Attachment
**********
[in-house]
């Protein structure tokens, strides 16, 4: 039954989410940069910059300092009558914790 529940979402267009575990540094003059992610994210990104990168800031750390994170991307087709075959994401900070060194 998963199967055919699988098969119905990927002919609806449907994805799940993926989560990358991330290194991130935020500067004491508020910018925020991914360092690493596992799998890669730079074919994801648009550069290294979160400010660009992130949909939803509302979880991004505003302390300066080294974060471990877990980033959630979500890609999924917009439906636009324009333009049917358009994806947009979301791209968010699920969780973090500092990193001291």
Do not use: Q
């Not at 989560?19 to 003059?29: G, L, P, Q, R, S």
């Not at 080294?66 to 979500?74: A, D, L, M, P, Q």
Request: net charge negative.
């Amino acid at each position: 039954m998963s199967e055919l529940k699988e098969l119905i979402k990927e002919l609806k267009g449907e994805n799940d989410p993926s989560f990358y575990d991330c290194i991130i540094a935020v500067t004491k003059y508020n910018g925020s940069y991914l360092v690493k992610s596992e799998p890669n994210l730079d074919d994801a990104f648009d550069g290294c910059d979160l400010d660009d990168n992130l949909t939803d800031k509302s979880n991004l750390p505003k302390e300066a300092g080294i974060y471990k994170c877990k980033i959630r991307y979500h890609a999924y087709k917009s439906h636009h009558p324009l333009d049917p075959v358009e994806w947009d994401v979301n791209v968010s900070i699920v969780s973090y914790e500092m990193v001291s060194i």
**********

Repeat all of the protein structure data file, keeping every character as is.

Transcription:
[in-house]
């Protein structure tokens, strides 16, 4: 039954989410940069910059300092009558914790 529940979402267009575990540094003059992610994210990104990168800031750390994170991307087709075959994401900070060194 998963199967055919699988098969119905990927002919609806449907994805799940993926989560990358991330290194991130935020500067004491508020910018925020991914360092690493596992799998890669730079074919994801648009550069290294979160400010660009992130949909939803509302979880991004505003302390300066080294974060471990877990980033959630979500890609999924917009439906636009324009333009049917358009994806947009979301791209968010699920969780973090500092990193001291």
Do not use: Q
């Not at 989560?19 to 003059?29: G, L, P, Q, R, S």
């Not at 080294?66 to 979500?74: A, D, L, M, P, Q």
Request: net charge negative.
């Amino acid at each position: 039954m998963s199967e055919l529940k699988e098969l119905i979402k990927e002919l609806k267009g449907e994805n799940d989410p993926s989560f990358y575990d991330c290194i991130i540094a935020v500067t004491k003059y508020n910018g925020s940069y991914l360092v690493k992610s596992e799998p890669n994210l730079d074919d994801a990104f648009d550069g290294c910059d979160l400010d660009d990168n992130l949909t939803d800031k509302s979880n991004l750390p505003k302390e300066a300092g080294i974060y471990k994170c877990k980033i959630r991307y979500h890609a999924y087709k917009s439906h636009h009558p324009l333009d049917p075959v358009e994806w947009d994401v979301n791209v968010s900070i699920v969780s973090y914790e500092m990193v001291s060194i």